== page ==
Write Schwab and Malleret: “The corporate move will be towards greater surveillance; for better or for worse, companies will be watching and sometimes recording what their workforce does. The trend could take many different forms, from measuring body temperatures with thermal cameras to monitoring via an app how employees comply with social distancing”. (135)

Coercive measures of one kind or another are also likely to be used to force people to take the Covid vaccines currently being lined up.

Schwab is deeply connected to that world, being on a “first-name basis” with Bill Gates and having been hailed by Big Pharma mainstay Henry McKinnell, chairman and CEO of Pfizer Inc, as “a person truly dedicated to a truly noble cause”.

So it is not surprising that he insists, with Malleret, that “a full return to ‘normal’ cannot be envisaged before a vaccine is available”. (136)

He adds: “The next hurdle is the political challenge of vaccinating enough people worldwide (we are collectively as strong as the weakest link) with a high enough compliance rate despite the rise of anti-vaxxers”. (137)

“Anti-vaxxers” thus join Schwab’s list of threats to his project, along with anti-globalization and anti-capitalist protesters, Gilets Jaunes and all those engaged in “class conflicts”, “societal resistance” and “political backlash”.

The majority of the world’s population have already been excluded from decision-making processes by the lack of democracy which Schwab wants to accentuate through his stakeholderist corporate domination, his “agile governance”, his totalitarian “system management of human existence”.

But how does he envisage dealing with the “sombre scenario” of people rising up against his great newnormalist reset and his transhumanist Fourth Industrial Revolution?

What degree of “force” and “coercive measures” would he be prepared to accept in order to ensure the dawning of his technocratic new age?

The question is a chilling one, but we should also bear in mind the historical example of the 20th century regime into which Schwab was born.

Hitler’s new Nazi normal was meant to last for a thousand years, but came crashing down 988 years ahead of target.

hitler2

Just because Hitler said, with all the confidence of power, that his Reich would last for a millennium, this didn’t mean that it was so.

Just because Klaus Schwab and Thierry Malleret and their friends say that we are now entering the Fourth Industrial Revolution and our world will be changed for ever, this doesn’t mean that it is so.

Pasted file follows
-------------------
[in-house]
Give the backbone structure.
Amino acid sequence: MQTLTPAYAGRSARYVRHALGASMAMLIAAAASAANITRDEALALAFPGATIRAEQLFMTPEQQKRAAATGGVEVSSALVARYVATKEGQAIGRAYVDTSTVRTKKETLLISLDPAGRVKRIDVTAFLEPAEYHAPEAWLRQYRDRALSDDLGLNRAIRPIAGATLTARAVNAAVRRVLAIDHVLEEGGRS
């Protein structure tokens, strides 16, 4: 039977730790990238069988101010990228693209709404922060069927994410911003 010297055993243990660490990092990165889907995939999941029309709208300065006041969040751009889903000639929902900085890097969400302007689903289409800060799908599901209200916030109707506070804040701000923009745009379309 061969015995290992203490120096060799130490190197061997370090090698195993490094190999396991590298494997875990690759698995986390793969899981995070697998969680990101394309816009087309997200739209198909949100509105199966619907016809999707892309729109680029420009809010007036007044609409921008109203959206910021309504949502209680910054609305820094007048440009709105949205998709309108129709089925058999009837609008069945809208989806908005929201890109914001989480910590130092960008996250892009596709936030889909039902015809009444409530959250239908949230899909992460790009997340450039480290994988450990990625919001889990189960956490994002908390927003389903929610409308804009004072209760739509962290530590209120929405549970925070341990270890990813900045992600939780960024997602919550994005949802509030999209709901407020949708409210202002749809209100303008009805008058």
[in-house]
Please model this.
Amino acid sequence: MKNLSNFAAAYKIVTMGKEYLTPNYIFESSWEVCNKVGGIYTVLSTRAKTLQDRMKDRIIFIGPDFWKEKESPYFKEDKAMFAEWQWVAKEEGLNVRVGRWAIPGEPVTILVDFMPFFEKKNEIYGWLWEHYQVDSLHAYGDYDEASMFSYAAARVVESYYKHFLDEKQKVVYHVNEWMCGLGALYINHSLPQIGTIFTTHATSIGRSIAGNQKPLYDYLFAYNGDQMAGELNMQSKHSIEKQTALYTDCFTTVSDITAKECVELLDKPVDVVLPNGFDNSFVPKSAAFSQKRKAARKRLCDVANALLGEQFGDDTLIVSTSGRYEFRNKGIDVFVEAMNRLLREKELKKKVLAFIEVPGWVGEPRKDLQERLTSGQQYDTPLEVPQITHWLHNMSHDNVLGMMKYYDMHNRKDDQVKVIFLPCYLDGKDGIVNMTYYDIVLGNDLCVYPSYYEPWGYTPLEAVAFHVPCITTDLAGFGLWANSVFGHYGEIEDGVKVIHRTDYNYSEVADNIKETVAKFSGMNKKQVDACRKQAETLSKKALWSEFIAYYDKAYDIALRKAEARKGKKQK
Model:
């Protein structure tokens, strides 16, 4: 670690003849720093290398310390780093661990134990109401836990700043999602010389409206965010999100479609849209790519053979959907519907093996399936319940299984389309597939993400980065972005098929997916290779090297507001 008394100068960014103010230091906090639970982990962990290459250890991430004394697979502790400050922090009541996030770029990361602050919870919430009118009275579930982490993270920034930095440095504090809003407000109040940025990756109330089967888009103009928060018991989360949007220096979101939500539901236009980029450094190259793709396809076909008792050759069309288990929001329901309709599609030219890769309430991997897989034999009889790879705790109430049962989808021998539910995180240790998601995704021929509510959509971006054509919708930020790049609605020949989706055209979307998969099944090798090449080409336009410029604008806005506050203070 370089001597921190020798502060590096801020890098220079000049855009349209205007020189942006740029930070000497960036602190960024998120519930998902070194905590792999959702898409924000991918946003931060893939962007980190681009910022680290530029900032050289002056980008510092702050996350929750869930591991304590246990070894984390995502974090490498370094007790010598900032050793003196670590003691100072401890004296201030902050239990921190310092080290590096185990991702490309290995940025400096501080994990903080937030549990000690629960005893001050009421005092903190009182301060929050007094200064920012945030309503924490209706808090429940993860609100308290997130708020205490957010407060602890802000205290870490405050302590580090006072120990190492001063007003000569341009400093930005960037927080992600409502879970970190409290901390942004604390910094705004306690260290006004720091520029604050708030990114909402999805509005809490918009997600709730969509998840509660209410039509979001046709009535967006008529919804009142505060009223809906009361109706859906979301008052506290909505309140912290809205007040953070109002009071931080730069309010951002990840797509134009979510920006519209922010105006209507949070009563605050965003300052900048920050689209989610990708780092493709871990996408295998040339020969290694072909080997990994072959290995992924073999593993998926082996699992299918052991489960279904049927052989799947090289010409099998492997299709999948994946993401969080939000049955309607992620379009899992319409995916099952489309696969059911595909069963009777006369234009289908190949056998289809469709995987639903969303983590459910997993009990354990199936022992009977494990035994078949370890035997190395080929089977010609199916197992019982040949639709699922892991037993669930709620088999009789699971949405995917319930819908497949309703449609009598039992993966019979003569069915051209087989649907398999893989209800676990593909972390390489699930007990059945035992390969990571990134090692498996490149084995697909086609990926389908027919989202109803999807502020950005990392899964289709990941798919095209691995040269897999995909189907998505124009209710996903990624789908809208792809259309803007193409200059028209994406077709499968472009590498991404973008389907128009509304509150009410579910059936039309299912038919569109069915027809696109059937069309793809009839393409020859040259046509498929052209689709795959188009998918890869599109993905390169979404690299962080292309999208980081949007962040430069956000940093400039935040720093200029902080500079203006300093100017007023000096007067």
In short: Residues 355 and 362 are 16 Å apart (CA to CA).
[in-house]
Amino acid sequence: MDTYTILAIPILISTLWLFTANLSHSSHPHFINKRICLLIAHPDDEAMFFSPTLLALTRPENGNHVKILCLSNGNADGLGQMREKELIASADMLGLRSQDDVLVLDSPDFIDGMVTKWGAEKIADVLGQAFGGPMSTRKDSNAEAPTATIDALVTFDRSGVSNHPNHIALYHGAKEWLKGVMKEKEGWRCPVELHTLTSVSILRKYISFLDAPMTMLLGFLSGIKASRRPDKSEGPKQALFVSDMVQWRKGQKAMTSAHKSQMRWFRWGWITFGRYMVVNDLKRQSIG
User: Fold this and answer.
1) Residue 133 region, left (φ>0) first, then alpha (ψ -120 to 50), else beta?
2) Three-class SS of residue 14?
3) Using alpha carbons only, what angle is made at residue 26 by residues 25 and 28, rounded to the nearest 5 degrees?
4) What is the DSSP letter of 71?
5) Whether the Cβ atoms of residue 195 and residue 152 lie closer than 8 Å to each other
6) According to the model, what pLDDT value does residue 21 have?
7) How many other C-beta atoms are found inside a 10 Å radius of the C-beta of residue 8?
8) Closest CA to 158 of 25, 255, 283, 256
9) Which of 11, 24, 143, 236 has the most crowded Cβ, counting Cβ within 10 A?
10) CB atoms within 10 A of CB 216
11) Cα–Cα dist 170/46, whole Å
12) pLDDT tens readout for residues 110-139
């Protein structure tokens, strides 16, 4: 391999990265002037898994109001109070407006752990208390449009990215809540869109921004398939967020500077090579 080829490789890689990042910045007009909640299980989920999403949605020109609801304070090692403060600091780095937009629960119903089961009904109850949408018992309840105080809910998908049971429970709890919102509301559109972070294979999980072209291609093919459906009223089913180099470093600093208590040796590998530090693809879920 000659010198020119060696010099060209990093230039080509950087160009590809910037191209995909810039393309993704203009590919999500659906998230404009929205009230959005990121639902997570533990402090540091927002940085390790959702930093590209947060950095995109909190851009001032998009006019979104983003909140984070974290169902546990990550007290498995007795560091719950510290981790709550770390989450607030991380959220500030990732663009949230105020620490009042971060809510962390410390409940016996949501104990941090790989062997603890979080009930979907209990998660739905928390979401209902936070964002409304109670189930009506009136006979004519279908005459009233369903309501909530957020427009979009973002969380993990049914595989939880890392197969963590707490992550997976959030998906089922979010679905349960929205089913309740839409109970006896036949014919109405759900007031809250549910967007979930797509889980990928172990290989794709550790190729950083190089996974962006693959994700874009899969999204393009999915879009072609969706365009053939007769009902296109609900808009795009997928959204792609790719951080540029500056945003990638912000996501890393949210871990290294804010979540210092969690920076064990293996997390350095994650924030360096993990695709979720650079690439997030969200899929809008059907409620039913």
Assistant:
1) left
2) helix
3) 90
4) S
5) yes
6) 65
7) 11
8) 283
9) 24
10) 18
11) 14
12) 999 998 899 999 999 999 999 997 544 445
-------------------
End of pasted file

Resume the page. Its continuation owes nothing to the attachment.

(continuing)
We don’t have to accept their New Normal. We don’t have to go along with their fearmongering. We don’t have to take their vaccines. We don’t have to let them implant us with smartphones or edit our DNA. We don’t have to walk, muzzled and submissive, straight into their transhumanist hell.

We can denounce their lies! Expose their agenda! Refuse their narrative! Reject their toxic ideology! Resist their fascism!

Klaus Schwab is not a god, but a human being. Just one elderly man. And those he works with, the global capitalist elite, are few in number. Their aims are not the aims of the vast majority of humankind. Their transhumanist vision is repulsive to nearly everyone outside of their little circle and they do not have consent for the technocratic dictatorship they are trying to impose on us.

That, after all, is why they have had to go to such lengths to force it upon us under the false flag of fighting a virus. They understood that without the “emergency” justification, we were never going to go along with their warped scheme.

They are scared of our potential power because they know that if we stand up, we will defeat them. We can bring their project crashing down before it has even properly started.

We are the people, we are the 99%, and together we can grab back our freedom from the deadly jaws of the fascist machine!

FURTHER READING

Resist the Fourth Industrial Repression!

Fascism, newnormalism and the left

Liberalism: the two-faced tyranny of wealth

Organic radicalism: bringing down the fascist machine

NOTES

1. Klaus Schwab with Nicholas Davis, Shaping the Future of the Fourth Industrial Revolution: A Guide to Building a Better World (Geneva: WEF, 2018), e-book.
2. Klaus Schwab, The Fourth Industrial Revolution (Geneva: WEF, 2016), e-book.
3. Schwab, The Fourth Industrial Revolution.
4. Schwab, Shaping the Future of the Fourth Industrial Revolution.
5. Ibid.
6. Ibid.
7. Ibid.
8. Ibid.
9. Ibid.
10. Schwab, The Fourth Industrial Revolution.
11. Ibid.
12. Ibid.
13. Ibid.
14. Schwab, Shaping the Future of the Fourth Industrial Revolution.
15. Schwab, The Fourth Industrial Revolution.
16. Ibid.
17. Ibid.
18. Schwab, Shaping the Future of the Fourth Industrial Revolution.
19. Schwab, The Fourth Industrial Revolution.
20. Ibid.
21. Ibid.
22. Ibid.
23. Schwab, Shaping the Future of the Fourth Industrial Revolution.
24. Ibid.
25. Ibid.
26. Schwab, The Fourth Industrial Revolution.
27. Schwab, Shaping the Future of the Fourth Industrial Revolution.
28. Ibid.
29. Ibid.
30. Ibid.
31. Ibid.
32. Ibid.
33. Ibid.
34. Schwab, The Fourth Industrial Revolution.
35. Schwab, Shaping the Future of the Fourth Industrial Revolution.
36. Ibid.
37. Ibid.
38. Ibid.
39. Ibid.
40. Ibid.
41. Ibid.
42. Ibid.
43. Schwab, The Fourth Industrial Revolution.
44. Schwab, Shaping the Future of the Fourth Industrial Revolution.
45. Ibid.
46. Ibid.
47. Schwab, The Fourth Industrial Revolution.
48. Ibid.
49. Ibid.
50. Kevin Warwick, I, Cyborg (London: Century, 2002), p. 4. See also Paul Cudenec, Nature, Essence and Anarchy (Sussex: Winter Oak, 2016).
51. Schwab, The Fourth Industrial Revolution.
52. Ibid.
53. Schwab, Shaping the Future of the Fourth Industrial Revolution.
54. Ibid.
55. Ibid.